Monday, November 16, 2009

Pollo Alla Cacciatora Cookoff

I recently did a Chicken Cacciatora Cookoff . . . with myself!  Pollo alla Cacciatora (we often see the Americanized spelling of cacciatore) is a northern Italy dish which, tradition has it, was prepared on the eve of a hunt, hence the name, “Hunter’s Wife’s Chicken.”  It is, to me, the very definition of home cooked comfort food.  I have several different recipes for the dish, and I decided to prepare three of them to see if one became a favorite.  Note: I prepared them in succession, not the same day, because a) I don’t have that many burners, and b) even with my brother coming for dinner, we couldn’t hope to consume enough of them that I wouldn't have leftovers for weeks.

I started with Chicken Thighs Cacciatore from the Sept. 2002 issue of Cooking Light.  I’ve made if before, and it is fast and easy.  I used a cut up chicken, rather than just thighs, and used only red rather than red and yellow peppers, but otherwise pretty much followed the recipe.  It calls for canned diced tomatoes, thyme, fennel, bay leaf, and red wine.  I like this chicken, the flavor is quite good, if somewhat heavy on the red bell pepper flavor (it calls for 2 cups chopped, for heaven sake!).  The sauce is a bit thin, almost watery.  Its ease and speed work in its favor, however – it is on the table within 45 minutes.

Next I prepared Marcella Hazan’s version of Pollo alla cacciatora.  The two recipes differ slightly, in that Marcella’s dish uses green bell pepper (cut into thin strips rather than chopped), less onion, and a bit of carrot and celery thinly sliced.  The chicken is floured prior to browning, and I like the substance (one can’t really call it crispiness) this gives to the chicken.  Also, Marcella calls for white wine rather than red (and more of it), and I think results in the most prominent difference in flavor between the two.  I used all chicken breasts rather than a cut up chicken, but otherwise followed the recipe closely.  The flavor was quite rich, although the texture is chunky due to Marcella’s instructions about cutting all the veggies in thin strips and slices rather than dice.  I’m not sure I prefer that, but I can always dice the veggies instead when I make it again.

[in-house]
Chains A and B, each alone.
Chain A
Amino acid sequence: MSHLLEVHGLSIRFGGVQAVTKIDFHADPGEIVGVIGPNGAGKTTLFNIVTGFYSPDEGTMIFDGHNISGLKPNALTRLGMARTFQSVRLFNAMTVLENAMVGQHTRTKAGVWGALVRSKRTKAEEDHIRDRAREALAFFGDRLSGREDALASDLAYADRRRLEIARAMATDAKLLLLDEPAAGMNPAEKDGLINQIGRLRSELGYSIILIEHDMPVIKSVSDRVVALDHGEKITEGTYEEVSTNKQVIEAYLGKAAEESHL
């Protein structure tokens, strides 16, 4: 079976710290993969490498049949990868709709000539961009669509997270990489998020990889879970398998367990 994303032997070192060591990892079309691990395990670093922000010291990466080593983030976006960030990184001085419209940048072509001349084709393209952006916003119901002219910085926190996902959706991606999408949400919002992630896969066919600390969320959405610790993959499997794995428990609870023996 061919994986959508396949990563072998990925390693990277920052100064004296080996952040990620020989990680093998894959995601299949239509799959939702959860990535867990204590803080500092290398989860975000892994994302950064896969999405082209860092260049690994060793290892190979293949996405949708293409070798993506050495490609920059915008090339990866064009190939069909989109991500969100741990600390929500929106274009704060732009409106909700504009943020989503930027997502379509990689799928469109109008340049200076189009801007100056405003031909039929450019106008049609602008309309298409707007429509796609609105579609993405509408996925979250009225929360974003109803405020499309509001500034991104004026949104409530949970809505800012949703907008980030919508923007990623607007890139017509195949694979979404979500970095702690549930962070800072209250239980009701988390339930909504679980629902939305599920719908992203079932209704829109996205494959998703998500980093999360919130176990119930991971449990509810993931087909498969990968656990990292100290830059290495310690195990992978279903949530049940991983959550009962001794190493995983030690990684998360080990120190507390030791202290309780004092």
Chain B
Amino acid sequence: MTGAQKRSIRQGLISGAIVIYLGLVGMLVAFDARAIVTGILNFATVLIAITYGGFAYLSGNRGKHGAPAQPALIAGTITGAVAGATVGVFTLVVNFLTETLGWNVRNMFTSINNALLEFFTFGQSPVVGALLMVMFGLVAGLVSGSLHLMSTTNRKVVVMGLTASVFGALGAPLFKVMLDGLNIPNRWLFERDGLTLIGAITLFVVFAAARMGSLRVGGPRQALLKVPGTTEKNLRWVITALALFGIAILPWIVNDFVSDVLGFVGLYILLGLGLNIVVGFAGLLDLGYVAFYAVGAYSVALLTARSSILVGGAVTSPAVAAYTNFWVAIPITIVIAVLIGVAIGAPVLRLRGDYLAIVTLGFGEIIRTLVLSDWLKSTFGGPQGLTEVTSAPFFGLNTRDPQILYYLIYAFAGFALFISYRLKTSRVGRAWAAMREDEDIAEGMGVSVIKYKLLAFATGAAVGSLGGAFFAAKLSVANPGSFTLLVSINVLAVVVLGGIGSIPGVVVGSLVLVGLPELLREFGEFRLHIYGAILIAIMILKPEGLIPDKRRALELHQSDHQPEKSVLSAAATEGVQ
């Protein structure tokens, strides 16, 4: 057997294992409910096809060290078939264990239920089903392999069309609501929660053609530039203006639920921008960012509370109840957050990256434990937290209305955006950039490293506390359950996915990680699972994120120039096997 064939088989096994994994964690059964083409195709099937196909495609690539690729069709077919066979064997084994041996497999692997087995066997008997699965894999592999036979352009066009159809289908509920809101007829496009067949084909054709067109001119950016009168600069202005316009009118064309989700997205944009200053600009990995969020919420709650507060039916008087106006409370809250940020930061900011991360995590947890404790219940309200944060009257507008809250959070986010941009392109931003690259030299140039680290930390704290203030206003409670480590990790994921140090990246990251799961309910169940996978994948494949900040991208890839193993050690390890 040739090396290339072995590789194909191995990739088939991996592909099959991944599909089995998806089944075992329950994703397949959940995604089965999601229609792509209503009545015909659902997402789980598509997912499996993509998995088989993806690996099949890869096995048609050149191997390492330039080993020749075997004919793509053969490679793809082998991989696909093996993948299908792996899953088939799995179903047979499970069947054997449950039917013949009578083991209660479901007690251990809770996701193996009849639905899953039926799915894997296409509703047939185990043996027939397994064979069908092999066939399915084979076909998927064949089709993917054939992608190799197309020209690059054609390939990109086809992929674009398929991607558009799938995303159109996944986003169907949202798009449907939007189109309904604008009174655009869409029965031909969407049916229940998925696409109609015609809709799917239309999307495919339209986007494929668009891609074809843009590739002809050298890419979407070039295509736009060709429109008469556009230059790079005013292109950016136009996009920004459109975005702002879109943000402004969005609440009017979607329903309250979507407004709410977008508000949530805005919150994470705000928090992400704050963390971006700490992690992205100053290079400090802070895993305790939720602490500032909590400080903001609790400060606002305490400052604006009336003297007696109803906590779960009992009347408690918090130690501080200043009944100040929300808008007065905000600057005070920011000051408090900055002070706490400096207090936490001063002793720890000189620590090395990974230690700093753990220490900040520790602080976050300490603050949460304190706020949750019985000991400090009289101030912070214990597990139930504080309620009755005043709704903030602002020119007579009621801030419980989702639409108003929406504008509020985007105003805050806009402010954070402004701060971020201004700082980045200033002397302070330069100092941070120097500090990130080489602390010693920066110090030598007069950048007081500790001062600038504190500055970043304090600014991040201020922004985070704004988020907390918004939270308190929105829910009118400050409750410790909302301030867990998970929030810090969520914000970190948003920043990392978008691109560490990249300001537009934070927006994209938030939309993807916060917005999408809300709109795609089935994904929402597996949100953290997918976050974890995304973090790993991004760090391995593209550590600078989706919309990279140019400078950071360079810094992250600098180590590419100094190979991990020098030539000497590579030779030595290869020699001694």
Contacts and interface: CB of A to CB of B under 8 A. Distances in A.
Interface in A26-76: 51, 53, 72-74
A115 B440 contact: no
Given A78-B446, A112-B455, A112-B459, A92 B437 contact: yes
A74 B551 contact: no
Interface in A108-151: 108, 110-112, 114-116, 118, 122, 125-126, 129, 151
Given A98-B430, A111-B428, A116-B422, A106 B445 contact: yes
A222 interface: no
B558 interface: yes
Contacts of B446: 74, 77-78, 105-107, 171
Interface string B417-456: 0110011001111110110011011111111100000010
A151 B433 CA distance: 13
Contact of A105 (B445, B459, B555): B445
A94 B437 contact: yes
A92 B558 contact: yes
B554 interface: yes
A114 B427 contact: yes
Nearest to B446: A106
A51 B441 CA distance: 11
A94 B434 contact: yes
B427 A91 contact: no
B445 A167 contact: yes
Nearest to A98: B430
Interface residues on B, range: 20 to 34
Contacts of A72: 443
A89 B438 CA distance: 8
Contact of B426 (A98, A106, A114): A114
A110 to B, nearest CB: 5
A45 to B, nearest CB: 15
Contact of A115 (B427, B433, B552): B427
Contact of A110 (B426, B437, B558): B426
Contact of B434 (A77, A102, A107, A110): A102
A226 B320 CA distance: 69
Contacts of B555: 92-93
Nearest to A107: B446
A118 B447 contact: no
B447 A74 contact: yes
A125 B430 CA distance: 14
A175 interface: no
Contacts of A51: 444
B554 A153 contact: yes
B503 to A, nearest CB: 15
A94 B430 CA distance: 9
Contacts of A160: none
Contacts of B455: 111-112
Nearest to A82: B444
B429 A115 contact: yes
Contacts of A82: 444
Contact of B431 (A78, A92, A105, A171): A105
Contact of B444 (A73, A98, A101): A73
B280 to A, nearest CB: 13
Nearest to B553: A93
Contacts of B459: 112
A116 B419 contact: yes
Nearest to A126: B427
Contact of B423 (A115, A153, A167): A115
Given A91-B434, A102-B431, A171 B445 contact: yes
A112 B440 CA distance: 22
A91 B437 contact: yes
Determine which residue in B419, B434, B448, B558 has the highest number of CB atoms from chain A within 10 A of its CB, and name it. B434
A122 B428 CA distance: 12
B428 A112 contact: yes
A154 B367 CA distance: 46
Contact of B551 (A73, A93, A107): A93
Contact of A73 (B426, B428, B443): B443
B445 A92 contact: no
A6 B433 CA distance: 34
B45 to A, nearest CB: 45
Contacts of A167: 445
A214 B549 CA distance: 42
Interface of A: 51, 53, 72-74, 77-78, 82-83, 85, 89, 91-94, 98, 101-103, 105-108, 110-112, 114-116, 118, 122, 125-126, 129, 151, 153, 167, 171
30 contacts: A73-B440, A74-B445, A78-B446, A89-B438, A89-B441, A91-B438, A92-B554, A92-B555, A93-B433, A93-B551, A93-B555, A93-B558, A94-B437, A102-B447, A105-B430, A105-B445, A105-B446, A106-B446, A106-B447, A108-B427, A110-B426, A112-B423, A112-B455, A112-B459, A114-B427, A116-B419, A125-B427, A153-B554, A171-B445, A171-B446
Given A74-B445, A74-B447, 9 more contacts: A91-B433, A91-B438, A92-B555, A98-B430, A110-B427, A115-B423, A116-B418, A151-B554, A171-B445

My third recipe was the version from my Saveur Cooks: Authentic Italian cookbook.  This recipe uses onion and garlic only, no peppers or other vegetables.  It calls for whole canned tomatoes with juice, rosemary, bay leaf, white wine, and chicken stock.  The sauce is quite thin; I think the recipe contemplates the wine and juice from the tomatoes evaporating off more rapidly than it actually did - and I was cooking the dish at a good simmer.  I feel I didn’t need the stock to replace the evaporating tomato juice (as described in the instructions), but I added some anyway for flavor, although not the full cup called for.  I have to say I liked this recipe the least; the flavor just wasn’t balanced.  It was too heavy on the canned tomatoes, not enough of anything else.  Interestingly, I prepared this dish the first time “incorrectly,” in that I used diced instead of whole tomatoes, probably more rosemary than called for (which I particularly liked), and no broth.  I actually liked the dish better the first time, although there was still a large quantity of sauce.

All in all, I believe my vote goes to Marcella Hazan’s version.  As noted, I really like the effect of flouring the chicken (this no doubt thickened the sauce as well), and I love the rich flavor.  I have simply made a note to dice the veggies rather than slicing them next time.

Note:  I do have two more chicken cacciatora recipes to try, so there may be a second installment.  Bon appétit!

No comments: